If there's evidence of

that, you may argue that. MR. BUCZEK: Thank you. I have no further

576 1 2 3 4 5 6 7 8 9 10 11 12 13 14 15 16 17 18 19 20 21 22 23 24 25 Honor. THE COURT: Okay. Just briefly please. Yes. THE COURT: Anything? Just a couple, your

MS. BAUMGARTEN:

MS. BAUMGARTEN:

REDIRECT EXAMINATION BY MS. BAUMGARTEN: Q. During the course of your employment as a

probation officer, have you been present in court when defendants such as this defendant have an initial appearance and conditions of release are set? A. Q. Yes. Based on that experience would you just briefly

tell the jury what occurs? A. The judge reads the charges against the

defendant, a decision is made whether he will be released on bail or kept in custody. If the

decision is made that he'll be released, a set of conditions is picked out by the judge. what those conditions are in court. He reads

Our office

records those conditions, and when he is released, those are the conditions that he is subject to. Q. The probation officers who are present in court

when that process occurs, are they assigned to your unit?

577 1 2 3 4 5 6 7 8 9 10 11 12 13 14 15 16 17 18 19 20 21 22 23 24 25 Honor. THE COURT: MR. BUCZEK: THE COURT: Okay. Thank you. A. Q. Yes. Are they individuals who actively supervise

defendants? A. Q. Not all the time. Would you identify when you speak concerning

Shane Buczek, who that is? A. The individual at the defense table with the

stars and stripes tie on. MS. BAUMGARTEN: Nothing further, your

One question. Certainly.

CROSS-EXAMINATION BY MR. BUCZEK: Q. Mr. Kawski, we had a trial last week that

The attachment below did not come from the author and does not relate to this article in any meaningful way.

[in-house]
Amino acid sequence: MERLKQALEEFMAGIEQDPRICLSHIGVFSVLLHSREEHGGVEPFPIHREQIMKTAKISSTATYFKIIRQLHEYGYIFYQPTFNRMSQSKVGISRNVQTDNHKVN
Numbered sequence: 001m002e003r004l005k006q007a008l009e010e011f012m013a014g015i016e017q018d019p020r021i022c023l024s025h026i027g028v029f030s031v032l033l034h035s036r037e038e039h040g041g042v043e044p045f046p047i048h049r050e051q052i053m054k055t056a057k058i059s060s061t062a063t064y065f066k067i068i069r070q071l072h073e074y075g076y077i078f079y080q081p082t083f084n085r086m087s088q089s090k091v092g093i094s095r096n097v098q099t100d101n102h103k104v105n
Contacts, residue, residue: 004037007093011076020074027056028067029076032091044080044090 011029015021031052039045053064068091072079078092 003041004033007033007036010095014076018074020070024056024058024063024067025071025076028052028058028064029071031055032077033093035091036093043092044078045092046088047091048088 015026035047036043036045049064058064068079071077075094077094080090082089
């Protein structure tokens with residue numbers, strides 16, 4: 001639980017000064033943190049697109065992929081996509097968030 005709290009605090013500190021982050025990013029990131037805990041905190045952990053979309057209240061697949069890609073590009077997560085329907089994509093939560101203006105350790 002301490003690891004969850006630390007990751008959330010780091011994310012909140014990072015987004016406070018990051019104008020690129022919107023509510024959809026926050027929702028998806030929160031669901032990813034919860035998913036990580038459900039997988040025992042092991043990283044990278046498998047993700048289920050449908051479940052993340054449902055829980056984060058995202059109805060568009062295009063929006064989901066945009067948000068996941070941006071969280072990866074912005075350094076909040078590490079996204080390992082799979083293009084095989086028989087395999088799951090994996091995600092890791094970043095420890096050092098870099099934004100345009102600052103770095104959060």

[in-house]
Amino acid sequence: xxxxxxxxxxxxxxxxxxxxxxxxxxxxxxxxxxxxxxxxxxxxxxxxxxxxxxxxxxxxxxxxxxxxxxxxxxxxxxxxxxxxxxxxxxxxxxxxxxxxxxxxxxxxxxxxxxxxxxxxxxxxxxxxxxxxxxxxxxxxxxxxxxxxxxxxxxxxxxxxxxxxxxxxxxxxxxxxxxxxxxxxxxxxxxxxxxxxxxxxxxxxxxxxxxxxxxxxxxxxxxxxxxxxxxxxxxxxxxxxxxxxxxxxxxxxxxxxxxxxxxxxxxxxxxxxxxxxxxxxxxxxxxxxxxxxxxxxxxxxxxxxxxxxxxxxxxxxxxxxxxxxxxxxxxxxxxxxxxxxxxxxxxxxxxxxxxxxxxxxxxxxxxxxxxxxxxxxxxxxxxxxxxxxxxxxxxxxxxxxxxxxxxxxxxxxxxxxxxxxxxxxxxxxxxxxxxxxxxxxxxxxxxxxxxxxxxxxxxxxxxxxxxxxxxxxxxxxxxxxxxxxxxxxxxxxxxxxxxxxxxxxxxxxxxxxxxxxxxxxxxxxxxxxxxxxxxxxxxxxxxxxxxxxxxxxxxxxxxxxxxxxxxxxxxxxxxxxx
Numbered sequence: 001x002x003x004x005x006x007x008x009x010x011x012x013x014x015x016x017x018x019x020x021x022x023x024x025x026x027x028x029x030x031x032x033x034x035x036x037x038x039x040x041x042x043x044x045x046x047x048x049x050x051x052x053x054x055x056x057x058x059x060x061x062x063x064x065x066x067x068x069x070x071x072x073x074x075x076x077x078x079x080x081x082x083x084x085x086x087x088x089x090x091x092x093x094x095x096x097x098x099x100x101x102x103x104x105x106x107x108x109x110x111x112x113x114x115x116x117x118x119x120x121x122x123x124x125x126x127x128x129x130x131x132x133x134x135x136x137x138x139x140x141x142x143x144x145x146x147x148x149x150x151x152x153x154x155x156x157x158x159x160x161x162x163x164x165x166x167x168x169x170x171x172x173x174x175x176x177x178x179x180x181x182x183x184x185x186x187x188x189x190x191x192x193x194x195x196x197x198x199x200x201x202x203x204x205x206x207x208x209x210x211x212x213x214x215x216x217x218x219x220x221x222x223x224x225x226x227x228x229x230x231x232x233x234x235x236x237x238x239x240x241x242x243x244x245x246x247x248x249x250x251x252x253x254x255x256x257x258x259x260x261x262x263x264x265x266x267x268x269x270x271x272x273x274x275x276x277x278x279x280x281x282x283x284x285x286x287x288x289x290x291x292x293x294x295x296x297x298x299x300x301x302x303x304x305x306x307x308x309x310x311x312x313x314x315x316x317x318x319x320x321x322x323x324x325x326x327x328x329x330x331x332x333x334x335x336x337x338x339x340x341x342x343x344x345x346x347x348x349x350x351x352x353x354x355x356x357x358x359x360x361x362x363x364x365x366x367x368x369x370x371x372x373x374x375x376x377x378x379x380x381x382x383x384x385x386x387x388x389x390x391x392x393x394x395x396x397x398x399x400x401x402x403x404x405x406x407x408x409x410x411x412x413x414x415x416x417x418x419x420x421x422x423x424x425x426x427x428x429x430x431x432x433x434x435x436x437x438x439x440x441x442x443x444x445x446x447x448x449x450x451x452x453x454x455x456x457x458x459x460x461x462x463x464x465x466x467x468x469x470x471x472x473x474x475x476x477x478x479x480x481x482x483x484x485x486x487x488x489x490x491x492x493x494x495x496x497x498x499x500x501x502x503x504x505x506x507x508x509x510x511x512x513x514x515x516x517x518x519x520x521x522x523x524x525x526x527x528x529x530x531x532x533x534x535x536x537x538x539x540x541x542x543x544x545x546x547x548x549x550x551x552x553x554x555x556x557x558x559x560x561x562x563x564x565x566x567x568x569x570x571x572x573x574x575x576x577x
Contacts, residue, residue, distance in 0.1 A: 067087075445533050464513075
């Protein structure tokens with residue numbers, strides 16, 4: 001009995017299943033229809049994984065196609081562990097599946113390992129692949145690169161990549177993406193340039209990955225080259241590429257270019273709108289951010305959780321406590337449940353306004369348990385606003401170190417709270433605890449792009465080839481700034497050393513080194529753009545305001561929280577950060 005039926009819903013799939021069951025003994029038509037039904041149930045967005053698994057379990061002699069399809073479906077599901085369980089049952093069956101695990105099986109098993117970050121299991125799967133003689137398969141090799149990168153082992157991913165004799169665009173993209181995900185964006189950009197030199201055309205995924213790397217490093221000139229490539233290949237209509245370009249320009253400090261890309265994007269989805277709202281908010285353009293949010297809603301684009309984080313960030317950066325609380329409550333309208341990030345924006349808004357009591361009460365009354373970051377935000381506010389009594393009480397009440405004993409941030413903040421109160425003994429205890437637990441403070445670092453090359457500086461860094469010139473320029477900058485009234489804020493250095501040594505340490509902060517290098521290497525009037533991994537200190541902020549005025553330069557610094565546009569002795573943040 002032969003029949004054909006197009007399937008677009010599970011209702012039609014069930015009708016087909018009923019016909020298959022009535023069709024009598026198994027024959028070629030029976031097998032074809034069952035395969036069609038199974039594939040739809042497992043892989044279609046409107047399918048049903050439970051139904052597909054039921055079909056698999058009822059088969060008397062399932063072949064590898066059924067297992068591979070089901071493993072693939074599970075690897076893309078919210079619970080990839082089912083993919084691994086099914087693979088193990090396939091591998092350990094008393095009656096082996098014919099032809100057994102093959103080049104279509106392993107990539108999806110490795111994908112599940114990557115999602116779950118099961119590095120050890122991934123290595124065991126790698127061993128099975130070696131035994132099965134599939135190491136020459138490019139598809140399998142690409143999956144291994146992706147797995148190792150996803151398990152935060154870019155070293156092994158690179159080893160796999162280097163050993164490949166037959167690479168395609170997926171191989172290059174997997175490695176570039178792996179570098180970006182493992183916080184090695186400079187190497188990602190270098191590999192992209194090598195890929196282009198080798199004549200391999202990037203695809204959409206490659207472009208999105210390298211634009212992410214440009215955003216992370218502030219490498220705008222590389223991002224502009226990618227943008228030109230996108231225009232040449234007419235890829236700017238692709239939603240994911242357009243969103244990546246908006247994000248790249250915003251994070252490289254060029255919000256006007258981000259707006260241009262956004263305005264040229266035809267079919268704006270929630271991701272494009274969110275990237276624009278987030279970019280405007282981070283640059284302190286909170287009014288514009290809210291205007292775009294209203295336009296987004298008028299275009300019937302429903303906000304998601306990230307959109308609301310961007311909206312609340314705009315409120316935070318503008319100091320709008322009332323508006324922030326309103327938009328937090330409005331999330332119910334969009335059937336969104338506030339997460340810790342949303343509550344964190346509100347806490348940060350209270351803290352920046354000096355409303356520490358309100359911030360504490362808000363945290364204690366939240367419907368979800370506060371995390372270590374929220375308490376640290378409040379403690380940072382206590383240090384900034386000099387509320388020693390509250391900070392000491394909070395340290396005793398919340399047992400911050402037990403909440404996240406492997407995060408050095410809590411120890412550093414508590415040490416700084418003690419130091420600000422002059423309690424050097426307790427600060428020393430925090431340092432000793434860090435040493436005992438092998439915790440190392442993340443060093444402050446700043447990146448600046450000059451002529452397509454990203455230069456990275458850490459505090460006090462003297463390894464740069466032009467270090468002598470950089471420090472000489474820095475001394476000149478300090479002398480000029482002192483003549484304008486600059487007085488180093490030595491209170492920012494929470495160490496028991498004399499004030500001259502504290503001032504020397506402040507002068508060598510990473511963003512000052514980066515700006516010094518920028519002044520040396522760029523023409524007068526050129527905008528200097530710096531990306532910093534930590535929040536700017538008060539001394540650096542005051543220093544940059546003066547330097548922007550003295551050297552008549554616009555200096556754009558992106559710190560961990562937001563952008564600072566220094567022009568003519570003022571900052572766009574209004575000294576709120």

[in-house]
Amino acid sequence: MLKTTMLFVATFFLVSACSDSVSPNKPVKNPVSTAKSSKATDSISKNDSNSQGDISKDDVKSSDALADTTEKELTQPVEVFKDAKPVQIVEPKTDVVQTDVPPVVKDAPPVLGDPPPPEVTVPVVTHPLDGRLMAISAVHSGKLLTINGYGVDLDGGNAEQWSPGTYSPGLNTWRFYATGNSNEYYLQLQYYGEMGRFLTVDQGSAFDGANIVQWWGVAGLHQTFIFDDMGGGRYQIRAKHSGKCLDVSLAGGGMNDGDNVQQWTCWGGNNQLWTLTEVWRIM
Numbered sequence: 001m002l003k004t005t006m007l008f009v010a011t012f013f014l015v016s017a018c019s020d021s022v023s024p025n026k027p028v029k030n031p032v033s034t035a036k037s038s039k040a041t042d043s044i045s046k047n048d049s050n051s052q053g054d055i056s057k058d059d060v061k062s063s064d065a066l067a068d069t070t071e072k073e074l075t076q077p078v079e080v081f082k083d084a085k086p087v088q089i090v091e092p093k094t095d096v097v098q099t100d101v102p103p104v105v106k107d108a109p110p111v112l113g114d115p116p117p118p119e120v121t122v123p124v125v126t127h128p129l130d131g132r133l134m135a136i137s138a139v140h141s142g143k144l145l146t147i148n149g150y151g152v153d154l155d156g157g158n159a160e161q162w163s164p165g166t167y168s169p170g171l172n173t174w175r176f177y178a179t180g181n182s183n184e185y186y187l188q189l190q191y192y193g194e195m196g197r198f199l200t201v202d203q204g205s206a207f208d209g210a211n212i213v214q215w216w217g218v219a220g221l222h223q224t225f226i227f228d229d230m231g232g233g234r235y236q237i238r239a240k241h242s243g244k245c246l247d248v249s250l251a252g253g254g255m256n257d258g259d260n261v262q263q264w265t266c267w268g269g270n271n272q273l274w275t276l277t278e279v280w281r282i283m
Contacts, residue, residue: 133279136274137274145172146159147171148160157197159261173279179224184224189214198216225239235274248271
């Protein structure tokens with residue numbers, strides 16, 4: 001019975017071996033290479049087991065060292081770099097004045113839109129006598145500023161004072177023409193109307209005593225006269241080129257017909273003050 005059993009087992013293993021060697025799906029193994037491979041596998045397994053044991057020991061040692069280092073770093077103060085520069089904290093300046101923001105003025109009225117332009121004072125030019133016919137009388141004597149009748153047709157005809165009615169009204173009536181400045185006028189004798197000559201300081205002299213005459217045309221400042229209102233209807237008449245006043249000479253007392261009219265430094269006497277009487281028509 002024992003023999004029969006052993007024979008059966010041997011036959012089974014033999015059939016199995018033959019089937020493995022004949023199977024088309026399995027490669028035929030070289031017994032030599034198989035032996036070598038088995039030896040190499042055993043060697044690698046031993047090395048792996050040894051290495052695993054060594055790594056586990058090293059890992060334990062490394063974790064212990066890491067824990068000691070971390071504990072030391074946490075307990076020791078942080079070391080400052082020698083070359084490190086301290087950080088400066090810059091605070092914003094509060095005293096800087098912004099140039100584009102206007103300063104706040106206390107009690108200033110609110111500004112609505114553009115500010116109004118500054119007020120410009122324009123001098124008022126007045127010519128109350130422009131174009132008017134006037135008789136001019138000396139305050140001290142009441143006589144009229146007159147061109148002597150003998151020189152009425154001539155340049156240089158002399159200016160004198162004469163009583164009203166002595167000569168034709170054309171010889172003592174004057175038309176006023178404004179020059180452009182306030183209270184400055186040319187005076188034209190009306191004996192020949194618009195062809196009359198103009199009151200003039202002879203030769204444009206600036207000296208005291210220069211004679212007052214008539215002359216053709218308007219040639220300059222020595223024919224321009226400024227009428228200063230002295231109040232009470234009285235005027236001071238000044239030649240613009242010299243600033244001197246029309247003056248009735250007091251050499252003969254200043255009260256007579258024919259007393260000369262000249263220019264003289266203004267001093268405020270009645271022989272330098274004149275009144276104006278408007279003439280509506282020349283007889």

you're aware of, right? A. Q. Yes. I think it was the issue with bonded promissory Have I ever dropped anything off to your

note.

office concerning how the banks operate? A. I don't recall everything that's in those piles I don't know. So, do you recall anything concerning

of papers. Q. Okay.

how banks accept payments as promissory notes? MS. BAUMGARTEN: Objection, your Honor.

578 1 2 3 4 5 6 7 8 9 10 11 12 13 14 15 16 17 18 19 20 21 22 23 24 25 THE COURT: MR. BUCZEK: THE COURT: Mr. Buczek. All right. Judge, I'm getting back -It's beyond the scope now,

Objection sustained. Thank you. All right.

MR. BUCZEK: BY MR. BUCZEK: Q.

Mr. Kawski, do you recall on

January 16th of 2009, at around 6:00 o'clock in the morning? A. Q. You need to be a little more specific. Do you recall that there was an actual raid,

not at my house but at my parent's house January 16th, 2009. A. Q. I do. Was the -- the weather not that great, were Do you recall that morning?

they? A. Q. It was wintertime. Yeah, it was a bad day. Do you recall -- I

believe you guys had a meeting outside that location somewhere on Route 5? A. Q. Yes. Can you please tell me the discussions that

took place? MS. BAUMGARTEN: Beyond the scope. Objection, your Honor.

579 1 2 3 4 5 6 7 8 9 10 11 12 13 14 15 16 17 18 19 20 21 22 23 24 25 THE COURT: MR. BUCZEK: Sustained. Mr. Kawski, did you see the

actual warrant on January 16th? MS. BAUMGARTEN: THE COURT: Your Honor, objection.

Sustained. Beyond the scope.

MS. BAUMGARTEN: MR. BUCZEK:

I have more questions, but I Thank you.

think I'm -- I'm done, Judge. THE COURT: Okay.

Thank you, Mr. Buczek. Thank you very much.

Mr. Kawski, you're excused. MS. BAUMGARTEN: going to get the exhibits. THE COURT: Okay.

Your Honor, I'm just

Anything additional? No, your Honor. The

MS. BAUMGARTEN: government rests. THE COURT: Okay.

37 and 38 are included

in the evidence of the government. MS. BAUMGARTEN: THE COURT: MR. BUCZEK: Okay. Yes, your Honor. All right.

Judge, I have a question.

Did this make it into the evidence file? THE COURT: It's not in evidence, but it's

marked for identification, so your record is protected. MR. BUCZEK: The jury won't be able to see

580 1 2 3 4 5 6 7 8 9 10 11 12 13 14 15 16 17 18 19 20 21 22 23 24 25 this, right? THE COURT: No, they will not. Okay. Is

there anything from the defense? Mr. Comerford, you want to talk with Mr. Buczek? MR. COMERFORD: I will, Judge. Just for

the record, and I'll supplement it at a later time, we would make a motion to dismiss under Rule 29. Reserve the right to supplement that. THE COURT: MR. BUCZEK: Okay. Judge, I'm going to go ahead I think the

and disregard the opening statement. jury has heard enough.

I do want to call one